Continue in short sessions of 10 to 15 minutes max, every day. Pre-make sure each step is well-earned before moving on to the next to avoid going back to square one, which can take several days. Some learning takes time. So you will need to be patient and respect your dog’s abilities.

Step 1: Teach him to remain still (“Don’t move!”)

It is often difficult to pass the harness on to a dog, as it is full of movement and trying to break free. So we must begin by teaching him to remain still, in place, without moving.

Place it on a table if it can be carried, or leave it on the floor. Hold him firmly without hurting him until he calms down. If he’s constantly hinting, ignore him and your back to him. Don’t talk to him, don’t touch him, pretend he’s not there, it’s a good way to get him to stop his gestures.

Once he calms down, continue to hold him and give him a reward while telling him “Stay still!”. He should be able to remain calm and still for a while. To do this, give him as many rewards as he needs. Stop letting go as soon as he starts moving again.

Through this, your dog will understand that the fact that he remains wisely, motionless, allows him to receive a treat as a reward.

Step 2: Provide the harness to your dog

If your dog is reluctant to use the harness, you will need to help him accept it. Don’t rush things and allow him to adapt slowly. Put the harness in the house where your pet can see it. From time to time, touch it or take it in your hands, pretending it is something normal, before putting it down a few seconds later.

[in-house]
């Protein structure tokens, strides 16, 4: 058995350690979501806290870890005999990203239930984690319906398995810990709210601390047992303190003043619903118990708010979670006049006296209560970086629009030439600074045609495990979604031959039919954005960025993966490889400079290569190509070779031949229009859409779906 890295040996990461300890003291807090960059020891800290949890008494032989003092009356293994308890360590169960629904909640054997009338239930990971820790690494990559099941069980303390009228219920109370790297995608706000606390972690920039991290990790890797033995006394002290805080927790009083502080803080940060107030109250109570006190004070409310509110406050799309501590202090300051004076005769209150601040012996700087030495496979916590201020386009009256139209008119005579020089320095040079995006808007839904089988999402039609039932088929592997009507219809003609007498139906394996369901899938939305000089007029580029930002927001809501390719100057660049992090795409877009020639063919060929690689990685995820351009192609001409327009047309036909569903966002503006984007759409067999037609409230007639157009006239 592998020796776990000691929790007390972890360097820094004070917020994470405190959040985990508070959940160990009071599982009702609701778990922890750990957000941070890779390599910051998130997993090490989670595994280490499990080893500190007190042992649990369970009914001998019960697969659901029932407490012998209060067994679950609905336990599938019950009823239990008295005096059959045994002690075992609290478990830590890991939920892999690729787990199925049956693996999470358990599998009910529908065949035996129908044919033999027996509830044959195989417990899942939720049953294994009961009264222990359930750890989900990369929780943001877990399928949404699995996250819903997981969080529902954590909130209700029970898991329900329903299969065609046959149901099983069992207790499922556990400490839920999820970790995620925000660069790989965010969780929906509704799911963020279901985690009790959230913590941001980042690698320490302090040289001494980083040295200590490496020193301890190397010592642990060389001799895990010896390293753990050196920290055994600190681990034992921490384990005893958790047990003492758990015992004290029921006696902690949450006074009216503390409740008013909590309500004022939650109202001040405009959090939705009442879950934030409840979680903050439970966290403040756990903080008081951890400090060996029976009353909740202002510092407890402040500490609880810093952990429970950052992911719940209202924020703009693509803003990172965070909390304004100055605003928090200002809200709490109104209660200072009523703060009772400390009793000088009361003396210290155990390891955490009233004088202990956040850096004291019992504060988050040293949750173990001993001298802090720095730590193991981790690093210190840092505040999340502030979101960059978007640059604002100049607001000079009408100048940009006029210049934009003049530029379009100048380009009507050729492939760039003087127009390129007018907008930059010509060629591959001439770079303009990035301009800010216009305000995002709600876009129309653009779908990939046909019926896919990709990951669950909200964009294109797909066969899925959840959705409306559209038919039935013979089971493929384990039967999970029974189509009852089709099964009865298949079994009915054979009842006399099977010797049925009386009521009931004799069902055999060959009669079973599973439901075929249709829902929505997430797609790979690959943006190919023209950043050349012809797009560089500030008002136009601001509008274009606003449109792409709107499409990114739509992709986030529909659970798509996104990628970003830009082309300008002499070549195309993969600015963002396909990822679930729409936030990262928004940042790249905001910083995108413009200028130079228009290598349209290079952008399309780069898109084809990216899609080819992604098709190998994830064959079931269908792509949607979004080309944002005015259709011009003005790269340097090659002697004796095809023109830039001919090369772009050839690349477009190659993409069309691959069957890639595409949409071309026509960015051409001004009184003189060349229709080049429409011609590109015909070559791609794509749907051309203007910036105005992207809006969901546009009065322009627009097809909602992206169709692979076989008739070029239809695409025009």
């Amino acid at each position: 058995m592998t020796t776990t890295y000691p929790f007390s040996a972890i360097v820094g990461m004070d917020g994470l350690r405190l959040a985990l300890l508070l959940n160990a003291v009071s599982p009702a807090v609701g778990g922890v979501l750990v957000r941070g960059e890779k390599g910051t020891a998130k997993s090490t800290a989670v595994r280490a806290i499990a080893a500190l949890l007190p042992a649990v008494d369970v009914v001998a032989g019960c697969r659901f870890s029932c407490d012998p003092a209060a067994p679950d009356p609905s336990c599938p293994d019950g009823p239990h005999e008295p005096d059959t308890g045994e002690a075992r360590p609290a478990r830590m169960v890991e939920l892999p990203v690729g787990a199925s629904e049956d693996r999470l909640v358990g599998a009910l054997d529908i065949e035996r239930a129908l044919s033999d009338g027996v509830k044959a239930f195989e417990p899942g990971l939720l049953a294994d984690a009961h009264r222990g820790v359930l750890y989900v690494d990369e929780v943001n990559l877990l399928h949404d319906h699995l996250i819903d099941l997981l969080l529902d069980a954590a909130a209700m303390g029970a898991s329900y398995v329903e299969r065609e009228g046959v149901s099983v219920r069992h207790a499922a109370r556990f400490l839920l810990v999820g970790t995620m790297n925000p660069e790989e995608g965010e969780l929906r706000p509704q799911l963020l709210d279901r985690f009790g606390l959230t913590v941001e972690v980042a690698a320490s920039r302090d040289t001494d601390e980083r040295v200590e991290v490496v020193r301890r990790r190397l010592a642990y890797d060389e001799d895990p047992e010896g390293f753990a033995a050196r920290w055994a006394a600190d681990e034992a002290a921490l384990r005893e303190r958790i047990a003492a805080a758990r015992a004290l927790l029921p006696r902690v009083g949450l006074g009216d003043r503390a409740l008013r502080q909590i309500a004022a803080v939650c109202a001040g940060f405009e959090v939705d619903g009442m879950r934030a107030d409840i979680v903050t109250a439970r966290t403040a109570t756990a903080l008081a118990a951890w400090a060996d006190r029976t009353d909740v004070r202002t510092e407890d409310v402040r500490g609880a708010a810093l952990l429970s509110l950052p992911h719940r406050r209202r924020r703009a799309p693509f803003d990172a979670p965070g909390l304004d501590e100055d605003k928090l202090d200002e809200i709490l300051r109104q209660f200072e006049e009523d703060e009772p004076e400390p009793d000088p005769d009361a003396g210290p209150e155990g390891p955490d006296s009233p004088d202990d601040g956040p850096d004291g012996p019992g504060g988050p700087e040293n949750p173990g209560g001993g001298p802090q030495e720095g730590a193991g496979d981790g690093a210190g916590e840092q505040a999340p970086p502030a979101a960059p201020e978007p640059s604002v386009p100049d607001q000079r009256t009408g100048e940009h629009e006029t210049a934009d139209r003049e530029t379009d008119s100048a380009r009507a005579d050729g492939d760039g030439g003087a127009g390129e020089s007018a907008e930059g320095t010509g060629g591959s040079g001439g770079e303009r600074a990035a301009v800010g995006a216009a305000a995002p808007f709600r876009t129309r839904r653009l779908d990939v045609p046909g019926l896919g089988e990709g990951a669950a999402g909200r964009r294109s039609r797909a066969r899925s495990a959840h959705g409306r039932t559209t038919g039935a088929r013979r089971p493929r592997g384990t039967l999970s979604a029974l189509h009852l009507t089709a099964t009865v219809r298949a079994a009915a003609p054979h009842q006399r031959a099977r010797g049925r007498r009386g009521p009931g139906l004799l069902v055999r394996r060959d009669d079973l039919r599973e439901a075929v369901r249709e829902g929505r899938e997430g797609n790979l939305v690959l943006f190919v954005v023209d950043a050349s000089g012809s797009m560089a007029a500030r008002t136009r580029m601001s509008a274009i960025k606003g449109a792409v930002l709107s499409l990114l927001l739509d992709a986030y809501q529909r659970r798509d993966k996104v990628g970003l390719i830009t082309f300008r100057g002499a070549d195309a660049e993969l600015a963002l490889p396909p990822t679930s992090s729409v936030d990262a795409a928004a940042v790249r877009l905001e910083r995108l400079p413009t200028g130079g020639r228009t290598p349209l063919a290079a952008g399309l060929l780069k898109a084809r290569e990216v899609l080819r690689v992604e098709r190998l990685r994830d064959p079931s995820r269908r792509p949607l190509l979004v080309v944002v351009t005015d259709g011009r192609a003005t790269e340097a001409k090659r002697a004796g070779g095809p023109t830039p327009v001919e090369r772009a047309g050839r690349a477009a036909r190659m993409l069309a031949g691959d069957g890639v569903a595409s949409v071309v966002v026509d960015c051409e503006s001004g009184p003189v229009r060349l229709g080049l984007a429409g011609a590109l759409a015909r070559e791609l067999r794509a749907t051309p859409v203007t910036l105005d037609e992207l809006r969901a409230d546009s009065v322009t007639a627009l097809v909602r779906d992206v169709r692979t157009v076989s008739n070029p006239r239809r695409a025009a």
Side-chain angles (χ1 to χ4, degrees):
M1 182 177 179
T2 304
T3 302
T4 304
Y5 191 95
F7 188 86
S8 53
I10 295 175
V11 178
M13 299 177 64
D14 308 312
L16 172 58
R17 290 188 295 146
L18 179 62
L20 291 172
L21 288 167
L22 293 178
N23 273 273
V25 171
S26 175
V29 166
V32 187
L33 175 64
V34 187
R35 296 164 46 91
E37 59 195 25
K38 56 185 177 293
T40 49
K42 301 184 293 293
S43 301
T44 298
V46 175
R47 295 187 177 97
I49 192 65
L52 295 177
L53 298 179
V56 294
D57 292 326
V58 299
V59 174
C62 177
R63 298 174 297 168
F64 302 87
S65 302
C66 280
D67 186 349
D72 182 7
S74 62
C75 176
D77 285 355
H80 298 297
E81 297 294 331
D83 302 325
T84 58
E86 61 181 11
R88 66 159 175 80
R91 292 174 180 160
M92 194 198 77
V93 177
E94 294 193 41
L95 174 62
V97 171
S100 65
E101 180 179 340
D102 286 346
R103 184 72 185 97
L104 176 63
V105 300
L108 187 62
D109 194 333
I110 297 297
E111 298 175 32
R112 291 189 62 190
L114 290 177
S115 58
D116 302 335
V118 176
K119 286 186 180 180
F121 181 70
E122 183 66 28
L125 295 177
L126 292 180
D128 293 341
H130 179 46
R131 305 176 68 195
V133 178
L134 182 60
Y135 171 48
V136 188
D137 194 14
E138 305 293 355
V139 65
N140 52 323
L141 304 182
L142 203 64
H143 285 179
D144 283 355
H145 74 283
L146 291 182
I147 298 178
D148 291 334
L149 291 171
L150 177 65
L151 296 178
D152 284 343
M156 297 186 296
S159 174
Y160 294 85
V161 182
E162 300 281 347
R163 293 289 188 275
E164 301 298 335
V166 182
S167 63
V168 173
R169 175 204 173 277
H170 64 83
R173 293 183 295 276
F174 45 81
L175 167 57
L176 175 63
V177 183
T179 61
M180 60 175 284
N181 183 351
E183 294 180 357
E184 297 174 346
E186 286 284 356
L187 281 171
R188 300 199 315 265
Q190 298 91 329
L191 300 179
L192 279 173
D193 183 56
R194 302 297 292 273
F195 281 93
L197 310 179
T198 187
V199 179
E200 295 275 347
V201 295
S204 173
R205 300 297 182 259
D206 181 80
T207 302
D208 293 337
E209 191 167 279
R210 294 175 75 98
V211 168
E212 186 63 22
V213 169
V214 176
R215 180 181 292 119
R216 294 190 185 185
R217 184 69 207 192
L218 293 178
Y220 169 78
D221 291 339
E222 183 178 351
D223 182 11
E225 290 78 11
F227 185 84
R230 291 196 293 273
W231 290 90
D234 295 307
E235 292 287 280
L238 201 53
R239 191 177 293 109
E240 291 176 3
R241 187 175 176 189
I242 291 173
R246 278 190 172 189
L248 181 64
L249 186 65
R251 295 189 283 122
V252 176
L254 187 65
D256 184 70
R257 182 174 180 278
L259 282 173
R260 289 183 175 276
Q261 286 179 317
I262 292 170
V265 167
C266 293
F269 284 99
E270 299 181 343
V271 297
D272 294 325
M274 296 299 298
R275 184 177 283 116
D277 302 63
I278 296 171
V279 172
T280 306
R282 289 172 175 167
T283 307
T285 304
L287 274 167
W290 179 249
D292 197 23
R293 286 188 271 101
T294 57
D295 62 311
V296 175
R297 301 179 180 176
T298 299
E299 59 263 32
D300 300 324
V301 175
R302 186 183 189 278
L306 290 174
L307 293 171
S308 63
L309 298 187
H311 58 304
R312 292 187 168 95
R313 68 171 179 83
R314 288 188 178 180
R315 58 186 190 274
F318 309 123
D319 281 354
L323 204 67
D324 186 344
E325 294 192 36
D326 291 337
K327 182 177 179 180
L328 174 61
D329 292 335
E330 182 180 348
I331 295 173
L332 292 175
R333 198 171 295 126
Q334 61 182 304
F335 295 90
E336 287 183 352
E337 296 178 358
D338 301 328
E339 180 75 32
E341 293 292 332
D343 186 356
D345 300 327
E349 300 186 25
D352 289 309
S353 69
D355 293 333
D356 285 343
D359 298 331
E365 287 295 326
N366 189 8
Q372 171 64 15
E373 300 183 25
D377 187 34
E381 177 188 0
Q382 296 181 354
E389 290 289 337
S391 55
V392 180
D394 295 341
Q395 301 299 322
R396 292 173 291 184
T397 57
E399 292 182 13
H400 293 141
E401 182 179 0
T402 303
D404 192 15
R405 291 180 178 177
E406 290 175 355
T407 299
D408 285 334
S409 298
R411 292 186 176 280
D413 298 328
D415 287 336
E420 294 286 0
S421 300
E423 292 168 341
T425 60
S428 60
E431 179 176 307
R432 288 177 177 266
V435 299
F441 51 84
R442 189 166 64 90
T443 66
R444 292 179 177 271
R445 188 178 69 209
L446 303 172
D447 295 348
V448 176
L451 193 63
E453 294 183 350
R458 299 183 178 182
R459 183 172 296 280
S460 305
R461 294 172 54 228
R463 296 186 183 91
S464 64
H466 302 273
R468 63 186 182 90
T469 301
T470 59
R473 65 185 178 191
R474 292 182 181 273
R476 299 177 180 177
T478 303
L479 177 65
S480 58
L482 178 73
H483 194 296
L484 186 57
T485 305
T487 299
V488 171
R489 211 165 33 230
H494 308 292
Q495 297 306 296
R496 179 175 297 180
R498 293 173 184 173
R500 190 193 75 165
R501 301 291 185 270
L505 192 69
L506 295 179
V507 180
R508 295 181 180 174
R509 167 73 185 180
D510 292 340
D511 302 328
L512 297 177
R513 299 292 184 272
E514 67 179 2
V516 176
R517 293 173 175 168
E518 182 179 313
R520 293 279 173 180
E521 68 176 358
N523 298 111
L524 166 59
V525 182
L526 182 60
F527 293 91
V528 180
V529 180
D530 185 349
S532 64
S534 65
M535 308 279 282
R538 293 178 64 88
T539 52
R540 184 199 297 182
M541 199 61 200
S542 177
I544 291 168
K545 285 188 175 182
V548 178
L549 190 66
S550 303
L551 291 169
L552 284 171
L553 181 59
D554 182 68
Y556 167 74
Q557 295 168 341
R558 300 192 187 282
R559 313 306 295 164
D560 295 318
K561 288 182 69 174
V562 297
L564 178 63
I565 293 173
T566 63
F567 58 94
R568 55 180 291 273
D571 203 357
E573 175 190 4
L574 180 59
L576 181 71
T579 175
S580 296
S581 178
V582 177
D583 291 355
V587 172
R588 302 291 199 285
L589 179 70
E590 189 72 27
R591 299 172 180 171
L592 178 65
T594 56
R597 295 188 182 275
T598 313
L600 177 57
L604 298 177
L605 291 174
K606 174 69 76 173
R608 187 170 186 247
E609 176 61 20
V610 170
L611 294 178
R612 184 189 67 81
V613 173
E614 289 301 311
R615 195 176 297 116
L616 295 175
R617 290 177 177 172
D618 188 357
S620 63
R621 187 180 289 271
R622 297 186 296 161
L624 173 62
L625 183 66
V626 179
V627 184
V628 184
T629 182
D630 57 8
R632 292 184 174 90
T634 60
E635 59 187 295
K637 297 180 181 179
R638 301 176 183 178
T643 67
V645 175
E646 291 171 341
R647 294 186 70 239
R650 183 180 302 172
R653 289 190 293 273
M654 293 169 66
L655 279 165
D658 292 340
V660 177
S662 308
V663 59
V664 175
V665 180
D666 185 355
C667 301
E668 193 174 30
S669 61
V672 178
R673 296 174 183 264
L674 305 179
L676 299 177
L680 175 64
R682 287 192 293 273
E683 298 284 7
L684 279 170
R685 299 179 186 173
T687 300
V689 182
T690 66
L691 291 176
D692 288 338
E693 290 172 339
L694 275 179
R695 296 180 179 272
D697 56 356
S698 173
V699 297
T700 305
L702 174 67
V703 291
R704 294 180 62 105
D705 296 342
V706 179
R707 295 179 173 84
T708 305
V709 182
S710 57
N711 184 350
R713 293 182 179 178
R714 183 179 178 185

If you find that your dog is unresponsive, you can extend and hold the harness in your hands for a few minutes. Your dog needs to understand that the fact that you take the harness in your hands does not necessarily mean that you will make him wear it. It can get used to the fact that your interaction with the object has no effect on it.

If your pet doesn’t seem to care, you can also offer them the harness to let them feel it.

Step 3: Help him enjoy wearing the belt

In order for your dog to appreciate wearing the harness, you have to make him accept it with pleasure. Take the harness in your hands and give your dog a treat or a treat. You can then pass your arm through the harness straps to feed him. Gradually move your hand back to encourage the dog to get closer to its head to eat the food.

As you try and succeed, the goal is to get your dog to agree to put his head in the harness to get his reward. This step should be very gradual so as not to frighten the dog.

Once your little buddy puts his head into the harness, you can gently clamp it down. Then immediately loosen it so it does not feel trapped. As experiments and repetitions continue, leave the belt in place longer and longer.

Of course, you must be equipped with a model that adapts to your dog before embarking on this apprenticeship. If the belt is too tight or does not fit, adjust it correctly or buy new, more comfortable equipment.